On Monday afternoon, inside a shot put circle at the Virginia Beach Sports Center, Austin Gallant reached the pinnacle of his athletic misery. The Battlefield senior, who was primed to help the Bobcats contend for a Class 6 state indoor title with mighty contributions in the 300 (35.40), 500 (1:05.59), 4x400, and possibly even the shot put, decided that bad things had to stop happening to him, and like the fictional Gordon Pibb in "A Dodgeball Story," decided that it was time to get angry.
Gallant was known as a pretty good shot-putter. Although he had never cleared 50 feet, he had enjoyed top-25 statewide status in this and all of his other events at one point or another.
That was until last summer, when the rising junior tore his right hamstring, just months after his season prematurely ended because of COVID, which also negated the opportunity for Gallant to participate in his first decathlon at the AAU level Now gimpy and sedentary, Gallant searched for alternative outlets to recuperate.
He worked hard to recover, and struggled through the uncertainty of having a track season this winter, before Prince William County elected to allow their high schools to compete this indoor season, with an early 2021 start.
Gallant saved his hamstring from further injury by discontinuing the 55 meters, an event in which he had posted a best of 6.78 as a sophomore last winter. But he was unable to reach new bests in the 300 and 500 through the first five meets of indoors, and possibly in an overcompensation with training, managed to tear his left hamstring (the other one) just two weeks before districts.
Now unable to run at all, Gallant had to commit to put all of his energy into the shot put. And with one throw remaining in the Class 6 finals, the Bobcat sat in third place, at 49 feet, four inches less than his best throw. The six points would be good for Battlefield, but going through another meet without a best performance would be intensely disappointing.
It was then that Gallant had his Pibb moment.
As if possessed, Gallant, who was unable to do the customary spin and release because of the hamstring tear, reached his elbow back and pushed the 8-kg. ball out of the circle. Far out of the circle - farther than he ever had pushed the metal orb before. When the ball landed, it had traveled 53 feet and 10 inches, good enough to eclipse his best throw by four-and-a-half feet and also to surpass Madison's Nicholas Cloud (53-6.75) , who had also reached a nearly three-foot PR.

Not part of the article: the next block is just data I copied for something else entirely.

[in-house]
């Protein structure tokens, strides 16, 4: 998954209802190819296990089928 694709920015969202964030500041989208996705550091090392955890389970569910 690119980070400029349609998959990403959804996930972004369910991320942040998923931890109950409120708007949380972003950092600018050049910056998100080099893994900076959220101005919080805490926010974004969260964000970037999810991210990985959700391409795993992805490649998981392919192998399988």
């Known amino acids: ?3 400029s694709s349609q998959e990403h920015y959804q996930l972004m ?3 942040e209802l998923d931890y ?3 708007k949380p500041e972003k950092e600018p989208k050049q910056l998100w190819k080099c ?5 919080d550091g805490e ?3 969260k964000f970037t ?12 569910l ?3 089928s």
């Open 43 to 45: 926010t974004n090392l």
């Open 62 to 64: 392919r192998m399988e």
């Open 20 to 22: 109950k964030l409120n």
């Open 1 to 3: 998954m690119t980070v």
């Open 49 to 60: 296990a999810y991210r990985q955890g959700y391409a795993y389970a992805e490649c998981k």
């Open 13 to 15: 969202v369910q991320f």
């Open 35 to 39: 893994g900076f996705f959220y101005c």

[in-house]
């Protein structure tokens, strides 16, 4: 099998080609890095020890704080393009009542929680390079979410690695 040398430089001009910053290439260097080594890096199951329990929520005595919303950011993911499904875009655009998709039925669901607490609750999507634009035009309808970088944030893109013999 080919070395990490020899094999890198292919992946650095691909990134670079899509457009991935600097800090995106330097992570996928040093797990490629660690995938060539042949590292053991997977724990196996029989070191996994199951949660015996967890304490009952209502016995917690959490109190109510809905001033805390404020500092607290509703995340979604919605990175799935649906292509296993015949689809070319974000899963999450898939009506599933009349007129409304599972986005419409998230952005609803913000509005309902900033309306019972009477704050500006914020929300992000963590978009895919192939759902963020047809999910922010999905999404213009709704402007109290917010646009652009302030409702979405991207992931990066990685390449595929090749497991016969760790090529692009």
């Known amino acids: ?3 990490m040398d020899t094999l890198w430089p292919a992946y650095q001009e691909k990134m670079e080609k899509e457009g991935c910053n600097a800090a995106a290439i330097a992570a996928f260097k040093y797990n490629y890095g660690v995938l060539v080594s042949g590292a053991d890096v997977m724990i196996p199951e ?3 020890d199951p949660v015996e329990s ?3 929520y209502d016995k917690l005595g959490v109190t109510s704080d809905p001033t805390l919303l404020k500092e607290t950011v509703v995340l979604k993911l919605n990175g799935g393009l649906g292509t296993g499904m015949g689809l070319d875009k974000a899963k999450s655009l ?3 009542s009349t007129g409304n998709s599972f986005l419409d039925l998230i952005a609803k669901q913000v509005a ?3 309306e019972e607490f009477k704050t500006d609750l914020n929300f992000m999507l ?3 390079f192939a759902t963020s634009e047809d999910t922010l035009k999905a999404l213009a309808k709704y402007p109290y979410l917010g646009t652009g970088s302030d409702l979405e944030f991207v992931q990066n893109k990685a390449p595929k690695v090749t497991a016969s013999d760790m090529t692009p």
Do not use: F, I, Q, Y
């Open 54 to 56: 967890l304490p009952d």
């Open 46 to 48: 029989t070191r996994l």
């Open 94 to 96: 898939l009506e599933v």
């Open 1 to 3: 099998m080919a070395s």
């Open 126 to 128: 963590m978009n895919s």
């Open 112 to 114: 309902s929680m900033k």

It was the most outstanding and unlikely performance of the day at the Virginia Beach Sports Center.
"It felt a lot different just going to States for one (event)," said Gallant, who may have a future as a college decathlete. "I was really nervous and didn't want to foul," Speaking of the final throw which gave him the championship, he added, "I just launched one."
Just being at the state meet was a feat in itself. Gallant could not grasp the concept of just leaning back and pushing the ball without the benefit of putting his legs into the toss. At the Region 6B meet, he managed to uncoil a 41-6 effort, which remarkably was good enough for second place, and a ticket to compete one more time.
Said Battlefield throwing coach Mike Fronckel, "it bought us two more weeks." With the newfound time, Fronckel had his athlete in daily therapy, adding intensity on an incremental basis, and doing whatever was necessary to get Gallant to the meet and in working order.
And the task toward throwing normally turned out to be progressive. Gallant admitted to "taking a nap" just before the preliminary round, and needing all three throws to "wake up" and get his technique in check.
Once in the finals, his adrenalin kicked in and Gallant's pep turned into something else.
"Everything made me angry." Fully loaded with ire, he took out a season's worth of frustration on one throw - and won.
Around The Field
Inside the blue oval, Hayfield vaulter Christian Di Nicolantonio jogged back and forth on the straightaway, alternating a series of high knees with hip rotations, stretching and pickups. For the Hawk jumper, his own leg injury had been causing problems over the past three weeks, and the prospect of topping his 14-foot best leap would require a mixture of patience with peak performance at the right moment.
Di Nicolantonio waited as a number of the other vaulters cleared 12-6. But at 13 feet, his competitors started banging the bar with a hip, a knee, a shoe, and the young man with the black warmups, black bag and a sack mostly filled with his neighbors poles, began to unravel from his suit and get settled on the runway. He missed his first attempt, but cleared 13-6, which was enough to win, muscled over 14-3 on his next vault, before bowing out at 14-6. However, his winning vault of 14-3 was enough to top Robinson's Mike Karicher by 15 inches, and tally 10 points on the board for Hayfield.
Said Di Nicolantonio, who trains with the D.C. Vault team, "I did the best I could do with what I had. I used my regular pole 15' 165 (lb.) for the first two jumps, and then switched to 15' 170, which I have never used, at 14-6 because I wasn't able to get the push up because of my leg."
Other Class 6 Boys Field Event Winners
High Jump - Antonie Emil - W.T. Woodson 6-2
Triple Jump - Brian DiBassinga - Battlefield 46-6.75
Long Jump - Aaron Moon - Lake Braddock 21-9.25